I thought you’d find this article, from the August 2006 New York Times, interesting. It’s called “On Route 20, Where the Past Is Present” and talks about a road trip on US 20 in New York. Enjoy!
On Route 20, Where the Past Is Present
By TRACIE ROZHON
Published: August 11, 2006
AMID high grass, sky-blue chicory and hollyhocks the color of strawberry syrup, the old house was easy to miss, a blur of tobacco-hued walls along a once-prosperous highway in upstate New York.
Perhaps it was the house’s columns that caused me to make a U-turn, or maybe it was the strange texture that, seen at highway speed, resembled stacks and stacks of brown eggs with — wait — was that an inscription carved in the lintel above the door? Was that a “for sale” sign stuck in the lawn? Would this rare cobblestone house, so close to the road in Geneva, N.Y., be torn down for some surefire development designed to bring back the crowds?
Architectural history — and some of its mysteries — was unfolding on my road trip west along Route 20 and then 20A, its interesting southern loop, from Albany to East Aurora: from 18th-century mansions to 19th-century storefronts, from tourist cabins built in the Great Depression to drive-ins visited in doo-wop days.
When the New York State Thruway was built in the 1950’s, to the north of the old highway and roughly parallel, progress along Route 20 skidded to a halt. To historians, the road is like a highway set in aspic, with vignettes of architecture, some of which may not be around next year.
Route 20 is a visual encyclopedia of American building types, not only the many historic houses open to the public but also the beleaguered gems, like the one with the columns about four hours west of Albany — the inscription over the door read: “Thomas Barron,” and, underneath, the date 1846. (The price on the house and its 13 acres is $375,000; the real estate agent said most of its value lies in its commercial zoning.)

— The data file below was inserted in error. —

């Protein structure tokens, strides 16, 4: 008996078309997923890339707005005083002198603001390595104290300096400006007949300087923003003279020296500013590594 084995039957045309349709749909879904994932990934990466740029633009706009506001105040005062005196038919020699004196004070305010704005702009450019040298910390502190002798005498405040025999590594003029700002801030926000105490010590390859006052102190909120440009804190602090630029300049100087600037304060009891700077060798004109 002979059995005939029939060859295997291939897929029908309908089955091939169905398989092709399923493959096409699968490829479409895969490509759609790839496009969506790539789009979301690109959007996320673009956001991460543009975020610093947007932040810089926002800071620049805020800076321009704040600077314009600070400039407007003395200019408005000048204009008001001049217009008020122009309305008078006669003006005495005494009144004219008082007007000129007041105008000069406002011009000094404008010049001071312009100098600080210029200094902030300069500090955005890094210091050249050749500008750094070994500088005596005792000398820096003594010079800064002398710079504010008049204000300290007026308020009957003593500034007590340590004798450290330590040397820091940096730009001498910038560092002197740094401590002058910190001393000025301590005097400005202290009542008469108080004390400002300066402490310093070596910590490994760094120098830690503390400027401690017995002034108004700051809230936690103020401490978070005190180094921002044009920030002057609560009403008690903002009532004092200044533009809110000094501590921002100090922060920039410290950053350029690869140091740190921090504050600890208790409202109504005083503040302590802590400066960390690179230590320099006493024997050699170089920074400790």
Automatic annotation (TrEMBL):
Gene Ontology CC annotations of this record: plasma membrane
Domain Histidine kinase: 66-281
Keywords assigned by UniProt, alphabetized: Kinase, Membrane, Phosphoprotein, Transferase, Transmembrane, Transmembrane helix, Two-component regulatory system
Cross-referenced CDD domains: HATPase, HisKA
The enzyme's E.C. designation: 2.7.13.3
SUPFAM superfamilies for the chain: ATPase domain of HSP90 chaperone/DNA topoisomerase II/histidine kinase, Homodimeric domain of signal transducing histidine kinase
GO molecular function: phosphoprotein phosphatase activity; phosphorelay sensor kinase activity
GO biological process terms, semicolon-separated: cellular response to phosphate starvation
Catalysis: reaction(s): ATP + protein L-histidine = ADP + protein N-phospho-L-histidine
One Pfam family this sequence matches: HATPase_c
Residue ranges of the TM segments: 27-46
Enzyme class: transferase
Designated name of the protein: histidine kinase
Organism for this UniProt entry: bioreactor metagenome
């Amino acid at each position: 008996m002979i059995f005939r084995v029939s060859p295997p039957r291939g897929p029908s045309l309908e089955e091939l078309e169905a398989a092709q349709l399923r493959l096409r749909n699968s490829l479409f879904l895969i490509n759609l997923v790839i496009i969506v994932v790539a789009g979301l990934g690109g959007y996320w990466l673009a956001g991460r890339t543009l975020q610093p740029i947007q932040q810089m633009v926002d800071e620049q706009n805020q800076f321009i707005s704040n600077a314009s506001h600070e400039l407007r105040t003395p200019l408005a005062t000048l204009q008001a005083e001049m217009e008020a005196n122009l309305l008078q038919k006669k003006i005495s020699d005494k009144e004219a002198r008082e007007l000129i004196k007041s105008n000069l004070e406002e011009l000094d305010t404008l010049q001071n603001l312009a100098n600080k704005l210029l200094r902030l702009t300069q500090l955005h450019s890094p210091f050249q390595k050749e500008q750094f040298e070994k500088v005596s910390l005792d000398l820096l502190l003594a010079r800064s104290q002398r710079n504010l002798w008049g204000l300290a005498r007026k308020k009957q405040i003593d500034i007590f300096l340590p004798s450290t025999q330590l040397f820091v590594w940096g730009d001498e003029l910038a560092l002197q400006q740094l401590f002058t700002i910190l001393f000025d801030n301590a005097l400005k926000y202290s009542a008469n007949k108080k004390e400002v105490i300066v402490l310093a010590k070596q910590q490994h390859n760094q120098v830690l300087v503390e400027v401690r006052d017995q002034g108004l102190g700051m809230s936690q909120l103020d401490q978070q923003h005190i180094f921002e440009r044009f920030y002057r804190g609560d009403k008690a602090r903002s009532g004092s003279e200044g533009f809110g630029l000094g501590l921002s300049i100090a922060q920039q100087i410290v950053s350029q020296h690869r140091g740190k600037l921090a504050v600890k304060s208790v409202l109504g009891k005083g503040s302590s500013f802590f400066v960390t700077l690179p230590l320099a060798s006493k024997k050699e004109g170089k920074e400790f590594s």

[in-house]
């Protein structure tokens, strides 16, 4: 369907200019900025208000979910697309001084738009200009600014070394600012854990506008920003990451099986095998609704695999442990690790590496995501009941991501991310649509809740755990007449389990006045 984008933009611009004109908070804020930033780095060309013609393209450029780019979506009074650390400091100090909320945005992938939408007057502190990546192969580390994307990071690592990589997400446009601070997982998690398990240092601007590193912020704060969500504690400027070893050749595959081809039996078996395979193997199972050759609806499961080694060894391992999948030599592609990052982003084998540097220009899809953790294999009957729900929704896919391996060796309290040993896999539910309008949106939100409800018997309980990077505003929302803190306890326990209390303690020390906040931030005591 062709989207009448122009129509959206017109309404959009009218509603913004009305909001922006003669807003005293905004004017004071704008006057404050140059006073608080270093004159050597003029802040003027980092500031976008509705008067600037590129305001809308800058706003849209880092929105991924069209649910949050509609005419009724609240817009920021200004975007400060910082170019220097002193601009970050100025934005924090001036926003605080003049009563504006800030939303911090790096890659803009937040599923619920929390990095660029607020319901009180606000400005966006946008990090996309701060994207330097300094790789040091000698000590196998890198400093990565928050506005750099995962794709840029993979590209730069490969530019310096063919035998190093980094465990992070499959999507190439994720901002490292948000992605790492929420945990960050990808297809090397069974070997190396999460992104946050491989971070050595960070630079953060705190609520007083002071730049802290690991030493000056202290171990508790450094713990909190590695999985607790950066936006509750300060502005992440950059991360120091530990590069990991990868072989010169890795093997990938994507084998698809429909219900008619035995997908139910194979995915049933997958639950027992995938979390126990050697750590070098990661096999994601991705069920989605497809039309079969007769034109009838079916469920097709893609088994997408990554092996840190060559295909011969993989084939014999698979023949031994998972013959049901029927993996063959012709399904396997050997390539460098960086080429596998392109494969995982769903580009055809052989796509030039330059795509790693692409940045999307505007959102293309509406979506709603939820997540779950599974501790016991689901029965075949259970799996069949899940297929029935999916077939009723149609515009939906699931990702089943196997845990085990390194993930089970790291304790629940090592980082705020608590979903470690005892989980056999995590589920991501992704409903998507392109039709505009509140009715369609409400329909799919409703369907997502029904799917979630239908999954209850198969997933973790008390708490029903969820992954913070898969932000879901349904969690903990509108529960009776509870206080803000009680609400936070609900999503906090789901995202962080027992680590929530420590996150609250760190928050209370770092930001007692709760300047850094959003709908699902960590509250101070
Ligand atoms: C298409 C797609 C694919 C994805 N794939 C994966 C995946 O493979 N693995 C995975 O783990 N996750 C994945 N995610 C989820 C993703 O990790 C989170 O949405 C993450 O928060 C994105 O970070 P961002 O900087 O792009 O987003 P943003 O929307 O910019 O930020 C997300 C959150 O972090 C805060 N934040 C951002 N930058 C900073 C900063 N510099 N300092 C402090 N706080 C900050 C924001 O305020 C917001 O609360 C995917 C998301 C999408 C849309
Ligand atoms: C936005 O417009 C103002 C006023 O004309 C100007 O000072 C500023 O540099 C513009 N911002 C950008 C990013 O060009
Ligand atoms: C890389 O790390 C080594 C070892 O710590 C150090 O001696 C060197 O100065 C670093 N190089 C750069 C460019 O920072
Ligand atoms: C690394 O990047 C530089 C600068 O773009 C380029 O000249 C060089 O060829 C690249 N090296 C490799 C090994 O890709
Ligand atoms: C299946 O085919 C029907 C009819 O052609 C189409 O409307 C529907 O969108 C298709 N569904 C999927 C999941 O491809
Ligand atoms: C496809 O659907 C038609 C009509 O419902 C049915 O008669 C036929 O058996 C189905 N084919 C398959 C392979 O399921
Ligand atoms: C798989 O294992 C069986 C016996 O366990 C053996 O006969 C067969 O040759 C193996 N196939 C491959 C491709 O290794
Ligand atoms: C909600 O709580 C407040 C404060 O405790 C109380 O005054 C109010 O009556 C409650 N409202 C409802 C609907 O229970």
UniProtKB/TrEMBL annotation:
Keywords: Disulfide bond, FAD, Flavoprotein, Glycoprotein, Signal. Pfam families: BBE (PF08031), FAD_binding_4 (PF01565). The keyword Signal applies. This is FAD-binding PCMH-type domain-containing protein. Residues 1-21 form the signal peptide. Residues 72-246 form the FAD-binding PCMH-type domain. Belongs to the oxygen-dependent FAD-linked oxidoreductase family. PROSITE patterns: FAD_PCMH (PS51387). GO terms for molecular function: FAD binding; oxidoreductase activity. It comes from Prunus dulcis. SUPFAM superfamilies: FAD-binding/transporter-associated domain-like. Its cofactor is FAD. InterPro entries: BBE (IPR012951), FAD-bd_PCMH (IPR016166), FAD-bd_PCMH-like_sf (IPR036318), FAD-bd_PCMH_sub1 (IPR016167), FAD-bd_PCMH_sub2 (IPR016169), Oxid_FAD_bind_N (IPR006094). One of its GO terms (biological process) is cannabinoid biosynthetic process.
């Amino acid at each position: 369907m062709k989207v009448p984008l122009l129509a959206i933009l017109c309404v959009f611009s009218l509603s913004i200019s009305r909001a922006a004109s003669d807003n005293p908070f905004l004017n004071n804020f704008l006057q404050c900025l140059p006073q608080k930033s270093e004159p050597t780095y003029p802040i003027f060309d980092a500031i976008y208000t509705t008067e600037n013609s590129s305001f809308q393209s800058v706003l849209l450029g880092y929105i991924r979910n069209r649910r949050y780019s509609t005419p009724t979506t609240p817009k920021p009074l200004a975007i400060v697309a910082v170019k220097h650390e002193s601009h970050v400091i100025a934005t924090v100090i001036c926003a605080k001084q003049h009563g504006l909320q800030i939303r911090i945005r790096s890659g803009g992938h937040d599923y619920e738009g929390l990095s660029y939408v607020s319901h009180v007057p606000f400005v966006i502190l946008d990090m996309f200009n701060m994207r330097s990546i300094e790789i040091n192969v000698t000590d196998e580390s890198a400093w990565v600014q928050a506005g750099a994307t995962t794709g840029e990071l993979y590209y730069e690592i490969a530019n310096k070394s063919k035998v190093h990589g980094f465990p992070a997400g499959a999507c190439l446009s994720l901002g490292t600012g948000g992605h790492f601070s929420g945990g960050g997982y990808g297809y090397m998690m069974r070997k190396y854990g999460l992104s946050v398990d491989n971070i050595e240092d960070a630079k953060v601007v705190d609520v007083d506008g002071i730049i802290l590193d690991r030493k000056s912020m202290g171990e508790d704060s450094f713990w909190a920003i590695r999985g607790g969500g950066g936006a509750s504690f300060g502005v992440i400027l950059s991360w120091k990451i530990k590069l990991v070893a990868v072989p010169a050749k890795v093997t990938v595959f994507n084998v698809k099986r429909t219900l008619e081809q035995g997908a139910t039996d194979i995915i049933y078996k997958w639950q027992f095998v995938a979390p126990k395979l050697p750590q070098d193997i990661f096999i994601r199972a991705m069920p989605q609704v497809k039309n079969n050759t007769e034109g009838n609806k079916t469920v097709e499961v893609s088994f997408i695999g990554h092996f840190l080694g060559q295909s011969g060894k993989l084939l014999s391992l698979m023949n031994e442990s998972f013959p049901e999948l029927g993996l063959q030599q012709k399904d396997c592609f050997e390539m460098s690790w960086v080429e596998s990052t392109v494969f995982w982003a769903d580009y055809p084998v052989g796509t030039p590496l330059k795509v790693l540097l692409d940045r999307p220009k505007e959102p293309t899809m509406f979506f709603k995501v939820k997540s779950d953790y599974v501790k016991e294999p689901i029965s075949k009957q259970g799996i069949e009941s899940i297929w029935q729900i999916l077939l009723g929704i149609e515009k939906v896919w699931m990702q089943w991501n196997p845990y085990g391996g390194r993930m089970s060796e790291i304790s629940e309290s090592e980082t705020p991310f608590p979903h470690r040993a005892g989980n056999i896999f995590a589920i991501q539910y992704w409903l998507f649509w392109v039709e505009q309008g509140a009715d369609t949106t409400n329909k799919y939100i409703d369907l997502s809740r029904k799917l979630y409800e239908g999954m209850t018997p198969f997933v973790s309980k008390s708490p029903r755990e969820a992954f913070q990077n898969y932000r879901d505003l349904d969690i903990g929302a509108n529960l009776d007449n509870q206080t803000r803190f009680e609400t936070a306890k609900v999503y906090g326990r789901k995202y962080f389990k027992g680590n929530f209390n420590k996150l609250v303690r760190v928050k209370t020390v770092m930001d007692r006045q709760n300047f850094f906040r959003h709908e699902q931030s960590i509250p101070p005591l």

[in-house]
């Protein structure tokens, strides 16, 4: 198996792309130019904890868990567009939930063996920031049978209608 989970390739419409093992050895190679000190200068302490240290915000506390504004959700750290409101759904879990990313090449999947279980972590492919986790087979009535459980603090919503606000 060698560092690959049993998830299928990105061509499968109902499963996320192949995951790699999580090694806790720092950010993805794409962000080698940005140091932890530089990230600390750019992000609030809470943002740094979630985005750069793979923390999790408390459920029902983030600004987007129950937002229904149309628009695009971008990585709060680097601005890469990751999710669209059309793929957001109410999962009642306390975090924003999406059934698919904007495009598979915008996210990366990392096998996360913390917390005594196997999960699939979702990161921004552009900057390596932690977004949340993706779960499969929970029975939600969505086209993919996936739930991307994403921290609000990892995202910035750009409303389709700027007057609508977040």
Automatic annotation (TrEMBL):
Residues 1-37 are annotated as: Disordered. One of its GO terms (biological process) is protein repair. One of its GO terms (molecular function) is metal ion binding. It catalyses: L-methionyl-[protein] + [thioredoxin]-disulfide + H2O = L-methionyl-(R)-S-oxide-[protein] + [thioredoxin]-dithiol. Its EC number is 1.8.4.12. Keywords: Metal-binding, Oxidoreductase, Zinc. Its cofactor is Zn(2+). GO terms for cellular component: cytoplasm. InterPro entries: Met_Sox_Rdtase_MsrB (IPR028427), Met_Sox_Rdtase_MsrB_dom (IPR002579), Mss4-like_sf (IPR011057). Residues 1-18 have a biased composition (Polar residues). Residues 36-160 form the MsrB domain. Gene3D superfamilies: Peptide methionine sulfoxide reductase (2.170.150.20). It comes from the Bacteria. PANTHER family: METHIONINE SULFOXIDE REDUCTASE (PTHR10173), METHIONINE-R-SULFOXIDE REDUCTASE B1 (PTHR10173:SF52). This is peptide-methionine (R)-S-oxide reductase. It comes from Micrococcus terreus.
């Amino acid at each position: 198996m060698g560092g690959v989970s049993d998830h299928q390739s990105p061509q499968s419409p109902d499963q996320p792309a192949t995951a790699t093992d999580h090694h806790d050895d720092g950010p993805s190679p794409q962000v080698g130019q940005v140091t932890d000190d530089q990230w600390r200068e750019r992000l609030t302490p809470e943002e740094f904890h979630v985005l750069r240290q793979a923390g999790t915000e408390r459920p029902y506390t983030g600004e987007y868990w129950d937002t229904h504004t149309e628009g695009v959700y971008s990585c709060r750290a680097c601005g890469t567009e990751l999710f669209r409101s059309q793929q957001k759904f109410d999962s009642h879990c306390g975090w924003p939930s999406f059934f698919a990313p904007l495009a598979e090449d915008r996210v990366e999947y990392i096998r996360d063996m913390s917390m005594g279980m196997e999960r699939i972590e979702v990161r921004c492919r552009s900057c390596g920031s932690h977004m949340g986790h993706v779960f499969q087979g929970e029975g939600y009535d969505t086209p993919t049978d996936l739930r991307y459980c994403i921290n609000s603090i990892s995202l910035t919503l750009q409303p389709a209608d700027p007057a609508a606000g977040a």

Then there are the farms: some well-to-do, with the sun glinting off neat metal roofs and with silos wearing paint as fresh as dew. Some are not so well off: with sagging barns and peeling paint, with faded lettering and rusty horse vans parked in overgrown front yards.
The 290-mile route is lined with antiques shops, bed-and-breakfasts and signposts to nearby gardens, caverns and spectacular waterfalls. Lakes lap the sides of the road in towns with evocative names — Geneva, Cazenovia, Skaneateles. Slowing down, I glimpsed suntanned teenagers diving from docks, grandmothers pushing strollers, and a restored mail boat taking on passengers for a tour of waterside villas and elaborate boathouses redolent of the Gilded Age.
“Route 20 developed with the automobile,” said Tania Werbizky, director of grant programs for the Preservation League of New York State. “The road represents the architecture of travel: early gas stations, tourist cabins and burger chains that pre-date McDonald’s — so much is virtually unchanged.” Not quite a year ago, 108 miles of Route 20, from Duanesburg to La Fayette, was designated a state scenic byway, an action prompted by local preservation groups. But the designation does not stop owners from tearing down their houses, nor farmers from abandoning their fields.
MILE 61: SHARON SPRINGS Before reaching this spa town, I whizzed by giant signs for Howe Caverns and the Iroquois Indian Museum, Landis Arboretum and Secret Caverns. If these don’t attract you, head for a cooling drink in Sharon Springs at the newly restored American Hotel, a rather Southern-looking white clapboard 1847 building with porches running clear across the facade on both floors.
The town’s old Main Street intersects Route 20, and it was there that I got the sense of what turned out to be a leitmotif for the trip: while a good chunk of Sharon Springs is restored, so much is not.
An irresistible cast-iron pavilion — with only the word “Magnesia” emblazoned across the top — was a mystery, sitting across the street from a hauntingly deserted grand hotel. It’s easy to drive up the cracked driveway to the old spa hotel, almost to the front door, and then stroll along the long, lazy veranda. The whole place is empty, yet there are no “No Trespassing” signs. The porch still has an old rocker on it. The name “The Adler” is painted in red on the white facade.